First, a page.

It was my idea to write about a sweetest Christmas memory. However, I didn’t really consider when I came up with said idea that I’ve had 68 Christmases, 48 of them as a mother, 28 of them as a grandmother. And I’m supposed to think of one? That’s a problem.
Another problem is that I’ve already written about the ones that probably mean the most. Like the year my husband bought me a sewing machine and sat up with me until two AM on Christmas Eve while I made our daughter a dress on the old machine. Or the year that same daughter and her husband bought ping pong ball guns for everyone in the family and we spent one of the funniest half-hours of any of our lives shooting each other. I was finding ping pong balls for weeks. Or the year—
Who am I kidding? They’re all the sweetest memories. Choosing the best one would be like picking your favorite grandchild. Each of my seven claims to be my favorite and they’re all right.
Writing Christmas Town stories has joined the ranks of favorite memories. It is, in a way, like Christmas shopping in July—which I am a total failure at—since I write the story in late spring and early summer. I keep a few Christmas decorations in my office year round in case Scrooge’s muse visits me sometimes when I’m writing. I think I’ve stared the flakes out of my snow globe trying to get back into the mood for an ice skating scene when the air conditioner is running.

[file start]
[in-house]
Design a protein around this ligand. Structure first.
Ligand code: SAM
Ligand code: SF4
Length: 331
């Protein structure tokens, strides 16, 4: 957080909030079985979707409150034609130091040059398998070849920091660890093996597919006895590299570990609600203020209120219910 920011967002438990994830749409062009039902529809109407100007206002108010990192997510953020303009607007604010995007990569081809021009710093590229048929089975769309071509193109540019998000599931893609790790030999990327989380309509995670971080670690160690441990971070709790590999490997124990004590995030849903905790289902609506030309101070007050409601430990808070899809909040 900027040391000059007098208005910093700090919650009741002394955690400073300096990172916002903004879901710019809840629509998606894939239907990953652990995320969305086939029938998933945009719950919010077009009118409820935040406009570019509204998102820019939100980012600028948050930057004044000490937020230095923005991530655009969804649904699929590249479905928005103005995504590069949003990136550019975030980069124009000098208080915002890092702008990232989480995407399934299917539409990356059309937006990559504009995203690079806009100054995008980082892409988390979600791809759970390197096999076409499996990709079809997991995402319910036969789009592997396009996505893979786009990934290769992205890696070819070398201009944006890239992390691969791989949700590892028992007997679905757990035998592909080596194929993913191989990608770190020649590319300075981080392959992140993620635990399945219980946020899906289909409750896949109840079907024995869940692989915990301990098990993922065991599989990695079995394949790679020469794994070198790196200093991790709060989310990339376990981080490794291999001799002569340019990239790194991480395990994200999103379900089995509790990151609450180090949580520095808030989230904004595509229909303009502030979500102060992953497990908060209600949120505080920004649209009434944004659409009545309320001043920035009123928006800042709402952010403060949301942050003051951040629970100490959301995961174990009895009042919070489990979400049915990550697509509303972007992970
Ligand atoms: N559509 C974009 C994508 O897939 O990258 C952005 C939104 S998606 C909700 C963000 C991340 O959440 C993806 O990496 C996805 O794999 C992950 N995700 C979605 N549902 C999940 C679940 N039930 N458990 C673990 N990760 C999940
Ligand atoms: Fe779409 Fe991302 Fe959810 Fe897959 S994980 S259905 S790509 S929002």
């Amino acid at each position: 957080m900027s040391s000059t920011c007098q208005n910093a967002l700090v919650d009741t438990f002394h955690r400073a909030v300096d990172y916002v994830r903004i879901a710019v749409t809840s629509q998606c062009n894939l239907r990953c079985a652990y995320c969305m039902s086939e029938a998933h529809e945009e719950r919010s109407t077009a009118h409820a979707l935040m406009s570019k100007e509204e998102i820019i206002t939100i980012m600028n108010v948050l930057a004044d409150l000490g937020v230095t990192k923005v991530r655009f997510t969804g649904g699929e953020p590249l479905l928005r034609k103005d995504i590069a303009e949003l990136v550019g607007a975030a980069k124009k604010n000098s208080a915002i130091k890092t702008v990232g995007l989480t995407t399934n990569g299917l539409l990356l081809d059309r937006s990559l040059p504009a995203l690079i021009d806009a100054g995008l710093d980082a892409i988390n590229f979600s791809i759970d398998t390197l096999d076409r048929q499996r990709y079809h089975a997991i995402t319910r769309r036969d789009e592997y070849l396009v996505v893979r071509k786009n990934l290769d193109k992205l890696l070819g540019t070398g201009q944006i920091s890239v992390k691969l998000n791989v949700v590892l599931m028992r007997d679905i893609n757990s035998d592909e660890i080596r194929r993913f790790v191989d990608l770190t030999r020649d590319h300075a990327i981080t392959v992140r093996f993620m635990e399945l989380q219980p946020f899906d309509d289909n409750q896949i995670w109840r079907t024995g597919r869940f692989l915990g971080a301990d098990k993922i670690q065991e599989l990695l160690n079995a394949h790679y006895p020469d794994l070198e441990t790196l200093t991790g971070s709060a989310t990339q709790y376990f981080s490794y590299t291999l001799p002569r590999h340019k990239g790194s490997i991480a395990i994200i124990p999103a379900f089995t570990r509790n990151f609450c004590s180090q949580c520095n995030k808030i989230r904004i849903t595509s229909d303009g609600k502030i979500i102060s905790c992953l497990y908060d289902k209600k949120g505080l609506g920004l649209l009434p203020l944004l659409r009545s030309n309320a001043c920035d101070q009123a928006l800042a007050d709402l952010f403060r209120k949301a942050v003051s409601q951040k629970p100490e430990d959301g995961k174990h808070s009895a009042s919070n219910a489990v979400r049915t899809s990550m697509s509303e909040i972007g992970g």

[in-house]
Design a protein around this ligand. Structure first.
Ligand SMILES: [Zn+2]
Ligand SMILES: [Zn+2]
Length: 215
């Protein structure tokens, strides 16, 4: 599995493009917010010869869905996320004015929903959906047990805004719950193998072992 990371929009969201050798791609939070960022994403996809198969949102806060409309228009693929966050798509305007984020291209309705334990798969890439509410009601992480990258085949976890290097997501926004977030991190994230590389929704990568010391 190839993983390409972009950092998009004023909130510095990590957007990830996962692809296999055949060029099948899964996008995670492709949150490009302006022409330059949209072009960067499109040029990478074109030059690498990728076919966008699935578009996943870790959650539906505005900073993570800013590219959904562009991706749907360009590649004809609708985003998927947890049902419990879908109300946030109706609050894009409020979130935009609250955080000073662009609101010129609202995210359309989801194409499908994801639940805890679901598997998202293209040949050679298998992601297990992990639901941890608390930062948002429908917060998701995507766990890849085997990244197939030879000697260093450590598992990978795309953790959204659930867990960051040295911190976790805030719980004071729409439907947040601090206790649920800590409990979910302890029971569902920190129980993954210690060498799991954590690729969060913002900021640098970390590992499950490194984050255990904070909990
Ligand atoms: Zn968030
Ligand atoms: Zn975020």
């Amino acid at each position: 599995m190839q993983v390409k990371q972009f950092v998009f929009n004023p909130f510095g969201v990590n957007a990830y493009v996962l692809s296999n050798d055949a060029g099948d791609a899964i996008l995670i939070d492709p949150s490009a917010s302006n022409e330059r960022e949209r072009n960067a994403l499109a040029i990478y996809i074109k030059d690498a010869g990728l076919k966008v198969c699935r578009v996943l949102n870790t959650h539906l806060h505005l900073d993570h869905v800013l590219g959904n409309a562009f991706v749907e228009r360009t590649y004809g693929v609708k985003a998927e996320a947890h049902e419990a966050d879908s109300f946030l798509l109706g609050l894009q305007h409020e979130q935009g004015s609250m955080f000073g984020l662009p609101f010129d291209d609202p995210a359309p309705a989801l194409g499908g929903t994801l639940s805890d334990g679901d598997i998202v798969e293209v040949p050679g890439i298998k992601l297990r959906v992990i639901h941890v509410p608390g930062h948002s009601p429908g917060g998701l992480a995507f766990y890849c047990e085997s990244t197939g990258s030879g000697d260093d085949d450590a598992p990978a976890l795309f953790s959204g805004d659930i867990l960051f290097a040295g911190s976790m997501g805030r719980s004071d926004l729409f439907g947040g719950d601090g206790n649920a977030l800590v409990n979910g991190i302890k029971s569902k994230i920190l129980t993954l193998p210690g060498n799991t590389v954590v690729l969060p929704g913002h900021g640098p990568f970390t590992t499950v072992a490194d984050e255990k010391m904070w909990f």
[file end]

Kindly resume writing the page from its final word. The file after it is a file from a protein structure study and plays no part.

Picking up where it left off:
This year, I got to revisit the carousel in Logansport, Indiana, a town near me. Chloe, a widow who appeared in last year’s Miracle on Joyful Street, showed up in time to tell her story in The Dark Horse. I so loved the people in this story and the other Christmas Town stories. But we’ve been writing them for four or five years now. How could I possibly pick a favorite? How could any of us?
We don’t have to, although writing about Christmas Town, seeing its snowy streets and Dockery’s and The Tea Pot and Finger and Feet in my mind. It creates…well, the sweetest memory.
I wish you all as many sweetest memories as I’ve had. Share them with us—we’d love to hear about them.